Real Estate has changed in the last 10 years and Staging is becoming a MUST DO when getting your house ready for sale. But what is staging really? And how have the public and real estate agents been confused about it?

Most Agents today will tell their clients to “stage” their property by cleaning it, removing magnets off the fridge and taking down family photos. They offer advice on packing up the clutter and taking it off the property. This is good advice, as a preparation point, but it’s NOT STAGING.

Let me say that again. De-cluttering is NOT STAGING. De-cluttering is part of a 3-step process to Staging.

Part one is the consultation process to determine what needs to be done at the property, this is a paid-for consultation because intellectual property is being shared from the Stager to the home sellers. The Stager is giving advice, making a property specific checklist and offering solutions for the sellers to help them create a more marketable property.

Part two is the actual work to get the first step completed. This part involves renting a pod or storage space, packing up all the stuff listed on the checklist, doing all repairs that have been neglected, cleaning the home really really well and also doing updates that are going to give your home an advantage over other listed competitors. This part can take a few days or a few weeks, depending on how much needs to be done.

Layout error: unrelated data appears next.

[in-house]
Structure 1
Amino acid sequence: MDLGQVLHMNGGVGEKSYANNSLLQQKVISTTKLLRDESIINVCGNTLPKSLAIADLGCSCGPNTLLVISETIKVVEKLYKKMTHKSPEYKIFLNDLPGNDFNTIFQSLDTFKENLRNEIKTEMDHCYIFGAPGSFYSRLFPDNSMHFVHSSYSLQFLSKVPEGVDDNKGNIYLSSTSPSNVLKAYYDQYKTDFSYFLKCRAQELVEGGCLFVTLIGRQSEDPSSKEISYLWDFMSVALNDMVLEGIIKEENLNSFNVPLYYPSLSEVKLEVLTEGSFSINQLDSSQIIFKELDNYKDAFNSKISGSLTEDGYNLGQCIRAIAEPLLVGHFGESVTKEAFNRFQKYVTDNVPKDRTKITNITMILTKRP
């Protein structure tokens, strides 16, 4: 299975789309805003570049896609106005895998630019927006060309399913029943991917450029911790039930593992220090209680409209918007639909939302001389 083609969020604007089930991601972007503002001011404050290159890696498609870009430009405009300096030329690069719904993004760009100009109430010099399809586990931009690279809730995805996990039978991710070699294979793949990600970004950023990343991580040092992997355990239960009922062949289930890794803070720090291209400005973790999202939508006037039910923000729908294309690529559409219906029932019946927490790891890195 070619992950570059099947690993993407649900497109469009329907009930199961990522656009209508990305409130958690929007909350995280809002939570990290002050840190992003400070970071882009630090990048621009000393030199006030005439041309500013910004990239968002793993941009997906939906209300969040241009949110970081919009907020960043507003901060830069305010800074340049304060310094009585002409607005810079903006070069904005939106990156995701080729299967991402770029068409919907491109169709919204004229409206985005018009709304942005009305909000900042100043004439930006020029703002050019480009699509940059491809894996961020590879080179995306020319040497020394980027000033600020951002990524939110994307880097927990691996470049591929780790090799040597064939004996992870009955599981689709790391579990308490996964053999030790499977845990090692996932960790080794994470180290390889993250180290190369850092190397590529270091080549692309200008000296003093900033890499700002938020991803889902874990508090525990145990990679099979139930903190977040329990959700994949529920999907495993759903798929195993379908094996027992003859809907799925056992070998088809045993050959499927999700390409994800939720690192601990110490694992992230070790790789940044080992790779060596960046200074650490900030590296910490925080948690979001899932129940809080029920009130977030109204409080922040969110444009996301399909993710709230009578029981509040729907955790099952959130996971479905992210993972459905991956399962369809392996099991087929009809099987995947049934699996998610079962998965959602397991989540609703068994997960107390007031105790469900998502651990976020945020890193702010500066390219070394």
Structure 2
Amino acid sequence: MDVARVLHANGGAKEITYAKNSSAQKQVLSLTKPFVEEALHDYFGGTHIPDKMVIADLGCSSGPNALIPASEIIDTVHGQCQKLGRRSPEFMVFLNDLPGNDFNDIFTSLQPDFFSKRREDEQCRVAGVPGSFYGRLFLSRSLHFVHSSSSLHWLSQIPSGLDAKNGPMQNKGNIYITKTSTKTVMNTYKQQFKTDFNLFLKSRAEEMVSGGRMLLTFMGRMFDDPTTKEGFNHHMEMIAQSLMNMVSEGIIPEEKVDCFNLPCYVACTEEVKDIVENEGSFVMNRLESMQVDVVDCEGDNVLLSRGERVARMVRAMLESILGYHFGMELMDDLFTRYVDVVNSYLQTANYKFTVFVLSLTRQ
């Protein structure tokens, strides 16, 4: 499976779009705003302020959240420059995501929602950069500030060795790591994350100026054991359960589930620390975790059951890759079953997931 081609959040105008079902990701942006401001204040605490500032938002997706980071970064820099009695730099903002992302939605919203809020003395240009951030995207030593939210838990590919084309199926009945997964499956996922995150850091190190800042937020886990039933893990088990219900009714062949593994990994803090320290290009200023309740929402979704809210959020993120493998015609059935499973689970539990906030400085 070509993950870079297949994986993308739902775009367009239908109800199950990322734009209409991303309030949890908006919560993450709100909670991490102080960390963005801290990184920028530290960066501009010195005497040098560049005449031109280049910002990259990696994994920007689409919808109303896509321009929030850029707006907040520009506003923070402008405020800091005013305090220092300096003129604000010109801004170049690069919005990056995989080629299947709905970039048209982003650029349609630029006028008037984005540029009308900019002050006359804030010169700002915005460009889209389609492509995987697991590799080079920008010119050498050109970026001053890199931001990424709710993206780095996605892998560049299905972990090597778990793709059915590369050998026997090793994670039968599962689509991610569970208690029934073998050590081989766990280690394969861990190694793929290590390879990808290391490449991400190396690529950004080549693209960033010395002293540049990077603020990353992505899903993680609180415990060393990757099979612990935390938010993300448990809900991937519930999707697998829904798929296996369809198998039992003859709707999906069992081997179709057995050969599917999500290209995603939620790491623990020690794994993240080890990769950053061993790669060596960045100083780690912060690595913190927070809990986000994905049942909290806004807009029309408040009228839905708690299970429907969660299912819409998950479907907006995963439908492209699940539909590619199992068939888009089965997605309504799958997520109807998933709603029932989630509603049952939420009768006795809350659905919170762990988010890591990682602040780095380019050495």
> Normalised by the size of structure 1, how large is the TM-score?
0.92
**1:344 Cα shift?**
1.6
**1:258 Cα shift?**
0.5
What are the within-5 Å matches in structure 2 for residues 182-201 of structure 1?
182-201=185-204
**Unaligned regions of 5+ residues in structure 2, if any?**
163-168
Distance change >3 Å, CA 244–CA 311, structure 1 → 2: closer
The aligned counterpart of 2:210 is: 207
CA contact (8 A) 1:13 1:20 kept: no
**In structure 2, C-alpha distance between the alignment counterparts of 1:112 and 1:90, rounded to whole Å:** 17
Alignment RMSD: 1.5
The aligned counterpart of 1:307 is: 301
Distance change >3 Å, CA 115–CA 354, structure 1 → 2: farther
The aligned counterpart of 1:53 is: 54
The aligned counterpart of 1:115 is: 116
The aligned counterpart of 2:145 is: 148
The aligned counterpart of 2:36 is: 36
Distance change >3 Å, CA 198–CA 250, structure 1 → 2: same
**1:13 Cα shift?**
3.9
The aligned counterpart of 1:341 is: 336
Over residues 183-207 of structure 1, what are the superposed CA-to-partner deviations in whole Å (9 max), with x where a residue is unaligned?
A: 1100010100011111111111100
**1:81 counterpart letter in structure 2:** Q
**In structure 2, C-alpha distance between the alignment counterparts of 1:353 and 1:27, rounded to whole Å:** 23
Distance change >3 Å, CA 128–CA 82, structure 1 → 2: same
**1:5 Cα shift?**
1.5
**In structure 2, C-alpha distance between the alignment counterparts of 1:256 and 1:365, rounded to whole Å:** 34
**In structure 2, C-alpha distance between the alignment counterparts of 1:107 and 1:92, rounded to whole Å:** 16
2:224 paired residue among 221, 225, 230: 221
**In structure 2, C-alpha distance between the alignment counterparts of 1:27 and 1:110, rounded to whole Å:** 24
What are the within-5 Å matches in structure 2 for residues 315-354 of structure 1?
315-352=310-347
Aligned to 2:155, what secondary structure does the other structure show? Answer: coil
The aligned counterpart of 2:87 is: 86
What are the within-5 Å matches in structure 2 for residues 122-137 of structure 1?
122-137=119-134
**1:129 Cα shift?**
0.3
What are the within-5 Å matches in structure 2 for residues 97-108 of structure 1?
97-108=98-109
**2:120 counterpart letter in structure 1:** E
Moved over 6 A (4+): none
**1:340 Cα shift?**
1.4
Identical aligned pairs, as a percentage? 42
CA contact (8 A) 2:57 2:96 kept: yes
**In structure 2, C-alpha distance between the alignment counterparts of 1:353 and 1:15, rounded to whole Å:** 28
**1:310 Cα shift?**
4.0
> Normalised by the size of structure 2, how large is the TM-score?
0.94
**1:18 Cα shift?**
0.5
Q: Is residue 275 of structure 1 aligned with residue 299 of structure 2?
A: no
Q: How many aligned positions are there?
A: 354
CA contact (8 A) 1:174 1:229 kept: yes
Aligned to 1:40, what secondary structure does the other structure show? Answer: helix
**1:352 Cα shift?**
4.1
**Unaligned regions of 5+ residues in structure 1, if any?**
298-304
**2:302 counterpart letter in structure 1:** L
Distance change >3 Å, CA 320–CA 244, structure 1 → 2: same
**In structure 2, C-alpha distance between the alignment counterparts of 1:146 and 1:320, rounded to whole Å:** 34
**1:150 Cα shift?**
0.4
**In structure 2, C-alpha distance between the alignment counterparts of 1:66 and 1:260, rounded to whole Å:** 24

After doing all this, your home is still not staged. It is only PREPARED for STAGING. This is where many agents and home owners miss out. They think that doing these first 2 steps is Staging. It is not.

Part three is the Staging. The Staging involves hiring a professional Stager (at least 5 years’ experience, talent and skills and a proven track record would be KEY). The Stager will come in and take photos, measurements and make notes about the plan for the Staging and then proceed to implement that plan, possibly using Rental Props and Rented Furniture as part of the Staging. The Stager should be well versed in the following concepts to successfully create a Staged home for you.

Staging is about:

  1. Creating correct traffic flow patterns for the buyers tour
  2. Highlighting the property’s features such as large windows, fireplaces, new cabinetry, new flooring
  3. Directing the buyers’ eyes to see these features through use of proven Staging techniques
  4. Designing visually and technically correct furniture placement in each room
  5. Building layers of interest in each room, without being distracting to the eye
  6. Tying room colour and styles together in a cohesive way
  7. Using proper scale and proportion in furniture and accessories, including how to hang artwork properly
  8. Creating wow factor first impressions in every room that draw the buyer deeper into your home
  9. Showing the buyers how they can “live” in the home using “lifestyle selling techniques”
  10. Generating interest in the property through speaking to the “emotion” of the buyer

This is Staging. This is the icing on the cake, the most important grand finale to the first 2 parts. This is also the part that sometimes gets missed by owners who think that when they have de-cluttered, they have staged. They have spent all that effort and time for what?